Internet assessment: Eureka Springs, Holiday Island citizens asked to submit speed test

Thursday, December 30, 2021

For Eureka Springs and Holiday Island to receive grants for broadband internet access, the cities need help from as many citizens as possible. Eureka Springs Mayor Butch Berry recently urged all citizens in Carroll County’s Western District to submit a speed test assessing their internet access.

“The more people we get, the better, because it’s going to prove to the people in Little Rock that we do not have the access they think we have,” Berry said.

Berry has discussed the matter several times during meetings of the Mayor’s Task Force on Economic Development. Sandy Martin, who serves on the task force, said a map detailing internet access in Carroll County would lead one to believe broadband is available countywide. That’s only because internet companies such as Cox and AT&T have placed fiber optic lines throughout the area, Martin said.

“But that has nothing to do with being connected or providing service, let alone affordability,” Martin said. “We have to prove their map wrong, and we know it’s wrong.”

Berry agreed.

“From practical experience, we realize that we don’t have high-speed internet access all across the county,” Berry said. “You may have it through satellite, but it’s going to be at a high cost.”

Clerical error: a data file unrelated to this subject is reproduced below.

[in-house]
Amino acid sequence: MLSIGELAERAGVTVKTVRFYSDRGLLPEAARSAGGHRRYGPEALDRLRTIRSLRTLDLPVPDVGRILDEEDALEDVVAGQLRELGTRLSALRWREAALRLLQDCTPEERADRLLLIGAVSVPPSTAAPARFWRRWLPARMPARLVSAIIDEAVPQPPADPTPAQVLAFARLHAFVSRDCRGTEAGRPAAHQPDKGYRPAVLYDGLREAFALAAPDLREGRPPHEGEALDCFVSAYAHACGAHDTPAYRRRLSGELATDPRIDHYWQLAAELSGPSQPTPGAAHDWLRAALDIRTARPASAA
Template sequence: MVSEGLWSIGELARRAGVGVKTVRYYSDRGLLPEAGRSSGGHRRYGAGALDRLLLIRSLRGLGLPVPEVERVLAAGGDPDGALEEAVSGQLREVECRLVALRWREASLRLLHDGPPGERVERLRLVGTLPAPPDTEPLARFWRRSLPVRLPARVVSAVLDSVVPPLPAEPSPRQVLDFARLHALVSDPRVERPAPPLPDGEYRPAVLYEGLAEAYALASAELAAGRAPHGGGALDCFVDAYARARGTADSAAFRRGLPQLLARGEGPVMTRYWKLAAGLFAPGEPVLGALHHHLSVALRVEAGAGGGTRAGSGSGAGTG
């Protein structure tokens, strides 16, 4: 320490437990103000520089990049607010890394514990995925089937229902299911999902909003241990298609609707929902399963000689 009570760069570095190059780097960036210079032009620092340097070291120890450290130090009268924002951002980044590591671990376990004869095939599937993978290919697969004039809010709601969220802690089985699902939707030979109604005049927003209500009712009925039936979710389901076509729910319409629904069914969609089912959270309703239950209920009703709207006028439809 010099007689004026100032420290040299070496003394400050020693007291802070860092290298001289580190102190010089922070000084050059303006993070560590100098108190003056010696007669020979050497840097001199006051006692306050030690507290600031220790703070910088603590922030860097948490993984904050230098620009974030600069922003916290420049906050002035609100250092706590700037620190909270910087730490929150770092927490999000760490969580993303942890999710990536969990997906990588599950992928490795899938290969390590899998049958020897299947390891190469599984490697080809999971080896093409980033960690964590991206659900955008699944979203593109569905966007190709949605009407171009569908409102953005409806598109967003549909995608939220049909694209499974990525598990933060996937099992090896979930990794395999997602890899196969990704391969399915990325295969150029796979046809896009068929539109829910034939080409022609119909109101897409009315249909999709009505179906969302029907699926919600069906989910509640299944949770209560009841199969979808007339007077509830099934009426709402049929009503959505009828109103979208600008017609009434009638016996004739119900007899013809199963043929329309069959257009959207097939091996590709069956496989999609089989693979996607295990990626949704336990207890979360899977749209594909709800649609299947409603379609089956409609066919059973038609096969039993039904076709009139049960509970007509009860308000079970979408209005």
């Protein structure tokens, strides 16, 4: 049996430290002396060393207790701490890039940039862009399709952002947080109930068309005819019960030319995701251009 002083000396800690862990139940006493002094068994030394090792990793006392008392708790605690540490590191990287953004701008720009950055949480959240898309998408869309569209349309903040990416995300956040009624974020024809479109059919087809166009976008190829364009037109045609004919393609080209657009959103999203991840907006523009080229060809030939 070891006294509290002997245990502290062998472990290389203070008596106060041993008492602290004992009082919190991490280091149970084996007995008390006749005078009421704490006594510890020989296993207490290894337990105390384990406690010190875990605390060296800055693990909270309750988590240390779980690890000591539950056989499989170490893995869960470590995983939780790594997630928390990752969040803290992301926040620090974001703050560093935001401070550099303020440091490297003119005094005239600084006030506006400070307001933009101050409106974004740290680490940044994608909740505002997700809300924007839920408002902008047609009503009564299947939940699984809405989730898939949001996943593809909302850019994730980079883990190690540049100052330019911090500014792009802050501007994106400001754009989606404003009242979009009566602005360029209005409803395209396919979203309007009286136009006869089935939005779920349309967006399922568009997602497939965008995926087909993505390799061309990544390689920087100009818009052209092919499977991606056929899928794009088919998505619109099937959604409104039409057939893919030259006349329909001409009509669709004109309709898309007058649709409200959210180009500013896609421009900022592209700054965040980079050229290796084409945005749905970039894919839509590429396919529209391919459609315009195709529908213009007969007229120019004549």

Martin said the city has been working with Rodney Ballance, the creator of Carroll County Internet, to bring broadband access all the way from Green Forest to Holiday Island. The project began at a county level, Martin said, when the Carroll County Collaborative discussed internet problems. The collaborative reached out to Cox and AT&T, Martin said, but the companies weren’t interested in working together to provide broadband countywide.

“Then Rodney Ballance entered the scene. Initially, it was Berryville Internet, which he has now changed to Carroll County Internet,” Martin said. “He went after the Arkansas Rural Connect grant and received it for a portion of Berryville and got that going.”

Ballance has committed to establishing broadband internet throughout the county, Martin said, but he needs grant money to make it happen. Martin said Berryville citizens are already enjoying local broadband internet, and the rest of Carroll County should be part of that, too.

“It is critical to Berryville’s development and industry,” Martin said.

Martin said the mayors of Berryville, Eureka Springs, Green Forest and Holiday Island have signed agreements expressing a commitment to make Carroll County Internet happen. Additionally, Martin said, County Judge Sam Barr has approved a resolution in support of the countywide internet effort. There will be more grant money available soon, Martin said, and the cities are gathering as much information as possible to apply.

What comes first, Martin said, is an engineering grant. Berry said an engineering grant will lead to an engineering study, the first step toward establishing a countywide broadband connection.

“The more information we have, the more supportive they’ll be of our application,” Berry said.

Martin said she met with a representative of Arkansas Rural Connect who encouraged the grant application. The city has also met with the engineering company the state has hired for the grants, Martin said.